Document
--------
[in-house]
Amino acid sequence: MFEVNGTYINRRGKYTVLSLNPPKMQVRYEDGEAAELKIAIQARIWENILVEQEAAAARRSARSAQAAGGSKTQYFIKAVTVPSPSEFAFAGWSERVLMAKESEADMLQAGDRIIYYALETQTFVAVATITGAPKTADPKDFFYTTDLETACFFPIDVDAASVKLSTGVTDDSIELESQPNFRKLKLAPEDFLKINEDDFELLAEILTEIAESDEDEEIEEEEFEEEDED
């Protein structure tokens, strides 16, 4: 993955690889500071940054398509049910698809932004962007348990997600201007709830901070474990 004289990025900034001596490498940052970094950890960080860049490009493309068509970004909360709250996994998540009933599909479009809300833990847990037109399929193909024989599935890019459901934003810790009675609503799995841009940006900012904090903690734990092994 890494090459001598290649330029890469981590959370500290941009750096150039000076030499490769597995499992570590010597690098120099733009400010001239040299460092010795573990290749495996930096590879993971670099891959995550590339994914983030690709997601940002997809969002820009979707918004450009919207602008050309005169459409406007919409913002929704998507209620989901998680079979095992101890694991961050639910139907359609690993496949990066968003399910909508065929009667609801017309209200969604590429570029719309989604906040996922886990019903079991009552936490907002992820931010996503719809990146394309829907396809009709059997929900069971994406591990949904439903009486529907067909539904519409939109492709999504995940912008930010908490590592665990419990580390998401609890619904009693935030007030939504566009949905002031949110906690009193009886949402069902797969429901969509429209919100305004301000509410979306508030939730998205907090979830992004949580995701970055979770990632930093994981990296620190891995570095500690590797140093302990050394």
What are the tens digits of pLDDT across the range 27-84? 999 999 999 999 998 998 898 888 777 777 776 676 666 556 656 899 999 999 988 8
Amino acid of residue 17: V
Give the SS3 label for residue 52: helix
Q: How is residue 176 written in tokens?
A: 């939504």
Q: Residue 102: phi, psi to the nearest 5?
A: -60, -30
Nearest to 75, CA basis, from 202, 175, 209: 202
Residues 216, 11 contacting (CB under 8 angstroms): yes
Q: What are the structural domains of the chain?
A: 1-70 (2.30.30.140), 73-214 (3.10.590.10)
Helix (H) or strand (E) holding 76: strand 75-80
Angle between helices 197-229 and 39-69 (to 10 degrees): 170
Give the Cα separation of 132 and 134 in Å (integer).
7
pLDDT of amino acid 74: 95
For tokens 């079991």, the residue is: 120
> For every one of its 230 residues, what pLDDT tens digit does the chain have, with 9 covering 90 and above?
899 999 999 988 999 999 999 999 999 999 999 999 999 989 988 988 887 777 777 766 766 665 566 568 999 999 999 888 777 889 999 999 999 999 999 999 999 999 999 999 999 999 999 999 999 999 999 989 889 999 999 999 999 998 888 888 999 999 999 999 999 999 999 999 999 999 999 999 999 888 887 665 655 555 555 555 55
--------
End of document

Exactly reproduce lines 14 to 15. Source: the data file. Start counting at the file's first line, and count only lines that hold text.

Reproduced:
A: 1-70 (2.30.30.140), 73-214 (3.10.590.10)
Helix (H) or strand (E) holding 76: strand 75-80